Teacher Resource: Multisensory Techniques for Teaching Reading

Using multisensory instruction to teach reading is a popular topic in education right now. What exactly is multisensory instruction and how do you implement it in the classroom?

Let’s start with a definition. According to the Multisensory Instruction article on Understood.com:

Multisensory instruction is a term schools use to describe ways of teaching that engage more than one sense at a time…Learning often relies on a child’s sight to look at text and pictures and to read information. It also relies on a child’s hearing to listen to what the teacher is saying. Multisensory teaching isn’t just limited to reading and listening. Instead, it tries to use all of the senses. Every lesson won’t use all of a child’s senses (taste, smell, touch, sight, hearing and movement). But in most multisensory lessons, students engage with the material in more than one way.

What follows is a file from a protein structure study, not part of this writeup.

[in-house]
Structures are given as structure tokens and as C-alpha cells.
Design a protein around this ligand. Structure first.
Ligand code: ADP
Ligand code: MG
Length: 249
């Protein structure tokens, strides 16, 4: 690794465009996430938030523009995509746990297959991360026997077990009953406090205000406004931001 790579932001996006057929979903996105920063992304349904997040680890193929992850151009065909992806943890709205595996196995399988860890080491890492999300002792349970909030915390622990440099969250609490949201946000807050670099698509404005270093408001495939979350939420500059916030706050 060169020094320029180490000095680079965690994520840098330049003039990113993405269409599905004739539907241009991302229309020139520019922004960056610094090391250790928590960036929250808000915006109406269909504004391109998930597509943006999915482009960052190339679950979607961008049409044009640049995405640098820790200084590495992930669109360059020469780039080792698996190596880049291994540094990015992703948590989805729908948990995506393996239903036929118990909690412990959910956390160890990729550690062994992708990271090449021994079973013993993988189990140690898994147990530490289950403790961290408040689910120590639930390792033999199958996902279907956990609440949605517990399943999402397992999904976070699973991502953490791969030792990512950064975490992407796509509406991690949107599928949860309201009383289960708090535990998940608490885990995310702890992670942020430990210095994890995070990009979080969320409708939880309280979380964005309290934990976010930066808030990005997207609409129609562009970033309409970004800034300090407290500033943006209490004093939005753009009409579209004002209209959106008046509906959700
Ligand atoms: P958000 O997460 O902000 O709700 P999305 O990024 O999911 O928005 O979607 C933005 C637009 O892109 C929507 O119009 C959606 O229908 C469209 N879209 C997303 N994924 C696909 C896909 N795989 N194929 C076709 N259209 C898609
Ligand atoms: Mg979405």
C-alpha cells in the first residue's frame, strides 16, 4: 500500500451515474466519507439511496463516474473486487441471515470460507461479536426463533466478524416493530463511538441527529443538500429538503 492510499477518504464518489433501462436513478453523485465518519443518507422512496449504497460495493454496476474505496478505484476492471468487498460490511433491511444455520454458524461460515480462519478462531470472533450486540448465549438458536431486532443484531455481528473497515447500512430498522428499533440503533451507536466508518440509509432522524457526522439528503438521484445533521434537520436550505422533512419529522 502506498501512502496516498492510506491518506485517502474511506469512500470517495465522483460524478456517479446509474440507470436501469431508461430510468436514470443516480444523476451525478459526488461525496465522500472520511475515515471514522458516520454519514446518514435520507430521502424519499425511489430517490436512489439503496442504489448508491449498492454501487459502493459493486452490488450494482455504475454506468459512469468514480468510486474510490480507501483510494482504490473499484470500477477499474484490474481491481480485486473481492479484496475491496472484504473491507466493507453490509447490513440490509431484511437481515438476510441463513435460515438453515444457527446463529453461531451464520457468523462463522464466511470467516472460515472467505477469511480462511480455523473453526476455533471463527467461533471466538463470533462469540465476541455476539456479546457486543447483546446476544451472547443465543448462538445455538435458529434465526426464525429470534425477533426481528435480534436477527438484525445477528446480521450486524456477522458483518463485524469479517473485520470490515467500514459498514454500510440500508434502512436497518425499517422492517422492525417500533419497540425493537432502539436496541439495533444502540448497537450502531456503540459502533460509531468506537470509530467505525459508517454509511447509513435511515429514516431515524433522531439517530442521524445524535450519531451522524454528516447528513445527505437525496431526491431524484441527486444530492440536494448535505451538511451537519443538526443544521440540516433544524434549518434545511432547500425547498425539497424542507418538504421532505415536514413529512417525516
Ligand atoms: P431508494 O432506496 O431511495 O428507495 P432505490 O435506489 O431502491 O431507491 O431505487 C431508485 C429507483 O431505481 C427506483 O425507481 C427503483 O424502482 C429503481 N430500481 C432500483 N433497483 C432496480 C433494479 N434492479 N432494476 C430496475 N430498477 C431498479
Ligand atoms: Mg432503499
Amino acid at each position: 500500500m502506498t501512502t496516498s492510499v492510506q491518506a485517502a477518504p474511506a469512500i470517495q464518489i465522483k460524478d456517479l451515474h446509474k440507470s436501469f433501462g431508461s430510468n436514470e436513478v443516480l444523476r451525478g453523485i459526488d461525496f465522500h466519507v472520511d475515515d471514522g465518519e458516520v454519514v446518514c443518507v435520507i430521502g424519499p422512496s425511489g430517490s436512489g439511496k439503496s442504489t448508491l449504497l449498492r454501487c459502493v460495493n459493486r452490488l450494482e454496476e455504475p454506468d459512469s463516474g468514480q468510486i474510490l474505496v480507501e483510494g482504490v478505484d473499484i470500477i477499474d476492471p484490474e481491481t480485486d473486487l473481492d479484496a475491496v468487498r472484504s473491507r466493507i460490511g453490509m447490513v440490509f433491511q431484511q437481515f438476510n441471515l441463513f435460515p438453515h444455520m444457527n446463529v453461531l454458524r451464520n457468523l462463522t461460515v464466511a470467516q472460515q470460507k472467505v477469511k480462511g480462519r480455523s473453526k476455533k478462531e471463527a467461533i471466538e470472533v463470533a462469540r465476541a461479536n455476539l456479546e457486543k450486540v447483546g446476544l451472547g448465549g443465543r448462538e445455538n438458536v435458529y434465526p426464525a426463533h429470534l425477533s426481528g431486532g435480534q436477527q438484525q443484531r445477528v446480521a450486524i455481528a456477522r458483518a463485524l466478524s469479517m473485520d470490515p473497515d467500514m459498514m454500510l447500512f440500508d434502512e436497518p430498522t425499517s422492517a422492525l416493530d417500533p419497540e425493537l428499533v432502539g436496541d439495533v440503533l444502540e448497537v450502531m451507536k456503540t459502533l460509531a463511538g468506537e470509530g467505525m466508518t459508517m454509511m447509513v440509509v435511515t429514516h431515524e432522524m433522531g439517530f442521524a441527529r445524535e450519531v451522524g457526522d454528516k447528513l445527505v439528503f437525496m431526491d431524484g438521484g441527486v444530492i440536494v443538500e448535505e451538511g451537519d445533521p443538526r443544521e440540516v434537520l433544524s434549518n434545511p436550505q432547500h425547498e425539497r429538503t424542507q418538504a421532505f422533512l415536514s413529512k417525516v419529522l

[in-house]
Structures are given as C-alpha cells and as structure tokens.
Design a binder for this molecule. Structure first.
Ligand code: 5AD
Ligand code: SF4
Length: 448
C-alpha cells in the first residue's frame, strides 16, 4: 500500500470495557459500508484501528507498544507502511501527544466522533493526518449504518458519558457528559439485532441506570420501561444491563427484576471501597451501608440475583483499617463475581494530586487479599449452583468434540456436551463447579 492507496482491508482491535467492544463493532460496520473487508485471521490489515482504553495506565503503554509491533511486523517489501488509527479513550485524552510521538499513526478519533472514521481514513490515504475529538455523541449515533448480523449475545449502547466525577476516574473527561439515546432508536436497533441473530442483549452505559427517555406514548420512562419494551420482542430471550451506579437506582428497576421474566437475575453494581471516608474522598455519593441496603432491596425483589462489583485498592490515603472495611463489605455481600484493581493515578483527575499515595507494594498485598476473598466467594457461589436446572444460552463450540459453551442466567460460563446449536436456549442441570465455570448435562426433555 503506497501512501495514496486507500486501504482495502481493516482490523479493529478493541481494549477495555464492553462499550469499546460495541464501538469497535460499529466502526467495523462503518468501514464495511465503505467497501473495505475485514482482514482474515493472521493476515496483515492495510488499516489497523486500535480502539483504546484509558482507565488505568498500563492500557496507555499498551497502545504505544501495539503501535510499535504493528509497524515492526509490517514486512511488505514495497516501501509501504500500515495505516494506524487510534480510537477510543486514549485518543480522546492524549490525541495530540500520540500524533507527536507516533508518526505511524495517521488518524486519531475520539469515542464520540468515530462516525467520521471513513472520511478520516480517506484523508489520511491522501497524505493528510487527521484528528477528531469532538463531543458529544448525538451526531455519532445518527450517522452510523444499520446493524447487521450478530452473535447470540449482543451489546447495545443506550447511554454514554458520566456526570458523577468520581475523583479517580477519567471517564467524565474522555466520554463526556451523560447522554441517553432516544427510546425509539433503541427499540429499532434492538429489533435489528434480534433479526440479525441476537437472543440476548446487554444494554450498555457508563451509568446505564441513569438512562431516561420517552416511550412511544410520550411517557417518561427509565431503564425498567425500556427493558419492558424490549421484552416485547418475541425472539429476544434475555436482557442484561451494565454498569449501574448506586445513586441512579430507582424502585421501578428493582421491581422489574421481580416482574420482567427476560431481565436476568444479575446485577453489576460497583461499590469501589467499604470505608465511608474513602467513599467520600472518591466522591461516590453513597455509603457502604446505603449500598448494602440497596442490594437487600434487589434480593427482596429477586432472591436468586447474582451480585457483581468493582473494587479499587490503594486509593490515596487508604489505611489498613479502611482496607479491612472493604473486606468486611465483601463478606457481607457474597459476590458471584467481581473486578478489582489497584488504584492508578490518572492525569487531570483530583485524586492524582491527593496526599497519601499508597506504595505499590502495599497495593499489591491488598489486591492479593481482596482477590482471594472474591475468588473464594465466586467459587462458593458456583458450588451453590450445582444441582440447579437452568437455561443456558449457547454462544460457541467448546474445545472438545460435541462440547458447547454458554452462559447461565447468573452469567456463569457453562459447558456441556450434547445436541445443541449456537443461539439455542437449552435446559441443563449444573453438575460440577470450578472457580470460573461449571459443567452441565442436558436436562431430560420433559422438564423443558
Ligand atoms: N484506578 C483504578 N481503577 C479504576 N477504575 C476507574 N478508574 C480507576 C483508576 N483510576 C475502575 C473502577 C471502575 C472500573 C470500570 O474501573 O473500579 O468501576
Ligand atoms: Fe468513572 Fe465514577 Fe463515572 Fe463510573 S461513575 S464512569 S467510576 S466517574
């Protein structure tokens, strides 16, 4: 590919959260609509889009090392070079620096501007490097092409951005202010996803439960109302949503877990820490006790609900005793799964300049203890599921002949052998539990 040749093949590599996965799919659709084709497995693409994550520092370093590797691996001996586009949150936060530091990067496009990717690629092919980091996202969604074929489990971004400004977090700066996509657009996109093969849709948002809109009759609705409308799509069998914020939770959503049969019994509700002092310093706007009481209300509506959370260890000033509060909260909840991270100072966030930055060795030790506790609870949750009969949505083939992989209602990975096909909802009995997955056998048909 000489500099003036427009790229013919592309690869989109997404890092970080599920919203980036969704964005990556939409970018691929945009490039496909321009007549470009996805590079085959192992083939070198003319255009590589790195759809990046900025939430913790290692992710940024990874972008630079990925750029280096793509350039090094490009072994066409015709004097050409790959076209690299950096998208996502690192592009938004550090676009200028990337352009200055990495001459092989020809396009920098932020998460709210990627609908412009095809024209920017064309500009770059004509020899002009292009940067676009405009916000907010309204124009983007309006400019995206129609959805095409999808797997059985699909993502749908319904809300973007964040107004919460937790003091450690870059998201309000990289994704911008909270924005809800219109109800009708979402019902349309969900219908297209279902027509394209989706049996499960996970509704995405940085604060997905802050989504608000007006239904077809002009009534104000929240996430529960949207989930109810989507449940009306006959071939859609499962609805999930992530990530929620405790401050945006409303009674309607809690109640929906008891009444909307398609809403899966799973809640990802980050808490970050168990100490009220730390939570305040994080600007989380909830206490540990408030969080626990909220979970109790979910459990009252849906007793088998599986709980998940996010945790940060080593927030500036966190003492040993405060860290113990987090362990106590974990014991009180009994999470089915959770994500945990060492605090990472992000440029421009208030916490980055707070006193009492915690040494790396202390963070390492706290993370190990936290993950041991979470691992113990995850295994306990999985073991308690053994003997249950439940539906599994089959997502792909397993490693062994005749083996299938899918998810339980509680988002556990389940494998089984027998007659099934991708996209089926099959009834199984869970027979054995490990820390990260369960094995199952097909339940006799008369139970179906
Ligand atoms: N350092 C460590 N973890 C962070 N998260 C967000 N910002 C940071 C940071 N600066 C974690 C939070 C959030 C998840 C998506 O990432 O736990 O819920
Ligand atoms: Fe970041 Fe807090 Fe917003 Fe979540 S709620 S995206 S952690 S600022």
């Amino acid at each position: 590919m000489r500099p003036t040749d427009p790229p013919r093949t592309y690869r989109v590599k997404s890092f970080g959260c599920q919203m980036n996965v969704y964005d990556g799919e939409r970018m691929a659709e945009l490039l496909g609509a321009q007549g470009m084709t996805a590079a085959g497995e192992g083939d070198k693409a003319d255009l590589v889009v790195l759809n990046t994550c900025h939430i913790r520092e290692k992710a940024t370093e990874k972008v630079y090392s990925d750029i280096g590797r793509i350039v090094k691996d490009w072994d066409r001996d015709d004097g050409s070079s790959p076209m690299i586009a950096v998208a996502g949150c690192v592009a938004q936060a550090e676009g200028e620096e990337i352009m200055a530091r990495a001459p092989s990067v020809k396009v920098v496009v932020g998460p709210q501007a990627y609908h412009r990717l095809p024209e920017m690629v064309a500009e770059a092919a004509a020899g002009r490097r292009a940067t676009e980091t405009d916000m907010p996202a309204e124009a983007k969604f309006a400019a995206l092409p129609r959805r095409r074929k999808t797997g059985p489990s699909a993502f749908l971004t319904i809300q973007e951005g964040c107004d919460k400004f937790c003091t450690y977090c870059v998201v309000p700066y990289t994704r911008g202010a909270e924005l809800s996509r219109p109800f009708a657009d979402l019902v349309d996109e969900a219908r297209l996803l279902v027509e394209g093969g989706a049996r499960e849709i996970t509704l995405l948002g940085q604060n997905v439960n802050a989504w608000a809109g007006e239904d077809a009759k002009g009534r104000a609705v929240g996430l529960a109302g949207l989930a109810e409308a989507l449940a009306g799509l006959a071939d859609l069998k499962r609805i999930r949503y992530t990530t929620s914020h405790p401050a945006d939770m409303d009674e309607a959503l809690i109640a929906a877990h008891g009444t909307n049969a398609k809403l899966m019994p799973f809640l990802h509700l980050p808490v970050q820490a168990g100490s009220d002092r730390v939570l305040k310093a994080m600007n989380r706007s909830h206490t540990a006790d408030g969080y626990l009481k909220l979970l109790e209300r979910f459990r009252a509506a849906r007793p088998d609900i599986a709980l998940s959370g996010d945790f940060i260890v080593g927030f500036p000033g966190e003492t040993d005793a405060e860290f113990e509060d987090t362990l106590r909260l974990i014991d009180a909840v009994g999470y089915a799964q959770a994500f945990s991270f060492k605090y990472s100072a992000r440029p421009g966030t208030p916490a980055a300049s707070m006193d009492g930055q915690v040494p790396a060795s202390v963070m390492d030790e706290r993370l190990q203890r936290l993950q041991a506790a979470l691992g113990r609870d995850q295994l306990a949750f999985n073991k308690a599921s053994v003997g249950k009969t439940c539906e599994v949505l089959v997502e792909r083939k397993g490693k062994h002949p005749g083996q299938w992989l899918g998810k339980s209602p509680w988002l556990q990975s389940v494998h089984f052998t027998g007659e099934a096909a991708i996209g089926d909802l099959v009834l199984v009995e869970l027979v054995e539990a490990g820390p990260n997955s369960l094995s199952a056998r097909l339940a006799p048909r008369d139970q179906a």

A multisensory approach to teaching reading accounts for the fact that different kids learn in different ways. The effectiveness of this technique is well established by research, especially the work done by Orton–Gillingham. Adopting a method that works for all learners is particularly important when teaching reading to students with ADHD and dyslexia. From the same post:

These kids may have trouble with visual or auditory processing. That can make it hard for them to learn information through only reading or listening. Using multiple senses gives these (and other) kids more ways to connect with what they’re learning…Multisensory instruction helps kids tap into their learning strengths to make connections and form memories. And it allows them to use a wider range of ways to show what they’ve learned.

Ready to incorporate multisensory instruction into your classroom? Check out this blog post from This Reading Momma, which lists over 100 different multisensory teaching strategies organized by sense:


Do you have any great tips for multisensory instruction? Let us know in the comments!


  • Elizabeth Ross, M.A., SMARTS Media Manager